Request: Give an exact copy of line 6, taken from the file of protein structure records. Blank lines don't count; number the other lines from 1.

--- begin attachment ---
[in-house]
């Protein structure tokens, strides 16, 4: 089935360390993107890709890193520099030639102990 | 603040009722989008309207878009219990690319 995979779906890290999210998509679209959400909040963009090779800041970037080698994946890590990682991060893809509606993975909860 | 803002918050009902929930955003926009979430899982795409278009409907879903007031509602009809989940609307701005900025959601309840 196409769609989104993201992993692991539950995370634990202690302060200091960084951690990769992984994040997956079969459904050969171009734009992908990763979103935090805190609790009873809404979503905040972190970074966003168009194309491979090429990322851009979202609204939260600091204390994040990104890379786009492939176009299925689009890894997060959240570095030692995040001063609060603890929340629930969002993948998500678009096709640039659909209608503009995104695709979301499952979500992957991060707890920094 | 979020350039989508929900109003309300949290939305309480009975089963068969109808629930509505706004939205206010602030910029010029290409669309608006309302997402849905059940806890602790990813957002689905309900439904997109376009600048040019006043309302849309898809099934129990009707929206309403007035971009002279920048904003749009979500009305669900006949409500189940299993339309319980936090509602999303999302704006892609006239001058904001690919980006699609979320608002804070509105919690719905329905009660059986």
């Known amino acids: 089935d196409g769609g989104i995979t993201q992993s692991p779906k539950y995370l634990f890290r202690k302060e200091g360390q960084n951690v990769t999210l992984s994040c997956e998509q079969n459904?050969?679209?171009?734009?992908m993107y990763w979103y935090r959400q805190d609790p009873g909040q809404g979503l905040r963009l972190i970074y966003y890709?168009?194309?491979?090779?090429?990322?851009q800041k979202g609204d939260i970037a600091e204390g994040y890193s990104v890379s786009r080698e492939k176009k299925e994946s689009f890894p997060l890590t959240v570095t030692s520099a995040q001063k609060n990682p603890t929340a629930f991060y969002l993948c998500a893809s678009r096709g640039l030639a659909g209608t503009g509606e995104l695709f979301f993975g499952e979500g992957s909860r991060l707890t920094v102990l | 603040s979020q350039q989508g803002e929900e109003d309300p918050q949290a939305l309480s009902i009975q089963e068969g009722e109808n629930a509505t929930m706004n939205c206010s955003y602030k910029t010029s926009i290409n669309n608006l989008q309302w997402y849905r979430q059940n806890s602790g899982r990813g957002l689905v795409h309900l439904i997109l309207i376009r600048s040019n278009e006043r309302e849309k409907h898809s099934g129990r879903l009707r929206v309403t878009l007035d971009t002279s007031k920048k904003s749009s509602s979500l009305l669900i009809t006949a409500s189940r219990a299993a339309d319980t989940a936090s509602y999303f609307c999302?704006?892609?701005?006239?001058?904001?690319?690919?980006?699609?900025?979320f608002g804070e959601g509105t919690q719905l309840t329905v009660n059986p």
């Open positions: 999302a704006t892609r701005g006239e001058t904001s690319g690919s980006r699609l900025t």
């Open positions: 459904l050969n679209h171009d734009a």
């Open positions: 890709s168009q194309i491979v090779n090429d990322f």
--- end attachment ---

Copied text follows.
């Open positions: 890709s168009q194309i491979v090779n090429d990322f």